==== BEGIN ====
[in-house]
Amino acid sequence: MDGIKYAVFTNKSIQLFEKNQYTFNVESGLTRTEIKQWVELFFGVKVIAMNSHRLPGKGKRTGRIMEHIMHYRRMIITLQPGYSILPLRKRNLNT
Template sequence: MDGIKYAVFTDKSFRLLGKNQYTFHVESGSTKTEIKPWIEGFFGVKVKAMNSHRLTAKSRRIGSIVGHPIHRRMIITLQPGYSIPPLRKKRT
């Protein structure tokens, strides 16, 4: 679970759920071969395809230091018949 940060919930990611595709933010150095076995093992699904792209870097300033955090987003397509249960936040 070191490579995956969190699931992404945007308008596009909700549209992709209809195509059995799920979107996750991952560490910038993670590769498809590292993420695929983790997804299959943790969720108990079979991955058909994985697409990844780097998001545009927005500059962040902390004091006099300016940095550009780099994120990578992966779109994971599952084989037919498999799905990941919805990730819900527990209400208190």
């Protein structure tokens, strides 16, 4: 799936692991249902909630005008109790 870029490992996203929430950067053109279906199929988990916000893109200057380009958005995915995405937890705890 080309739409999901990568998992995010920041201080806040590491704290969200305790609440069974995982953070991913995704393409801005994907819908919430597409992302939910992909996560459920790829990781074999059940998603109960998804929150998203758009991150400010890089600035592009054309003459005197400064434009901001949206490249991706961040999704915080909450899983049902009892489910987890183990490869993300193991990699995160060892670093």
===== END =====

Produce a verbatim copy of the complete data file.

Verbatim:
[in-house]
Amino acid sequence: MDGIKYAVFTNKSIQLFEKNQYTFNVESGLTRTEIKQWVELFFGVKVIAMNSHRLPGKGKRTGRIMEHIMHYRRMIITLQPGYSILPLRKRNLNT
Template sequence: MDGIKYAVFTDKSFRLLGKNQYTFHVESGSTKTEIKPWIEGFFGVKVKAMNSHRLTAKSRRIGSIVGHPIHRRMIITLQPGYSIPPLRKKRT
């Protein structure tokens, strides 16, 4: 679970759920071969395809230091018949 940060919930990611595709933010150095076995093992699904792209870097300033955090987003397509249960936040 070191490579995956969190699931992404945007308008596009909700549209992709209809195509059995799920979107996750991952560490910038993670590769498809590292993420695929983790997804299959943790969720108990079979991955058909994985697409990844780097998001545009927005500059962040902390004091006099300016940095550009780099994120990578992966779109994971599952084989037919498999799905990941919805990730819900527990209400208190």
């Protein structure tokens, strides 16, 4: 799936692991249902909630005008109790 870029490992996203929430950067053109279906199929988990916000893109200057380009958005995915995405937890705890 080309739409999901990568998992995010920041201080806040590491704290969200305790609440069974995982953070991913995704393409801005994907819908919430597409992302939910992909996560459920790829990781074999059940998603109960998804929150998203758009991150400010890089600035592009054309003459005197400064434009901001949206490249991706961040999704915080909450899983049902009892489910987890183990490869993300193991990699995160060892670093």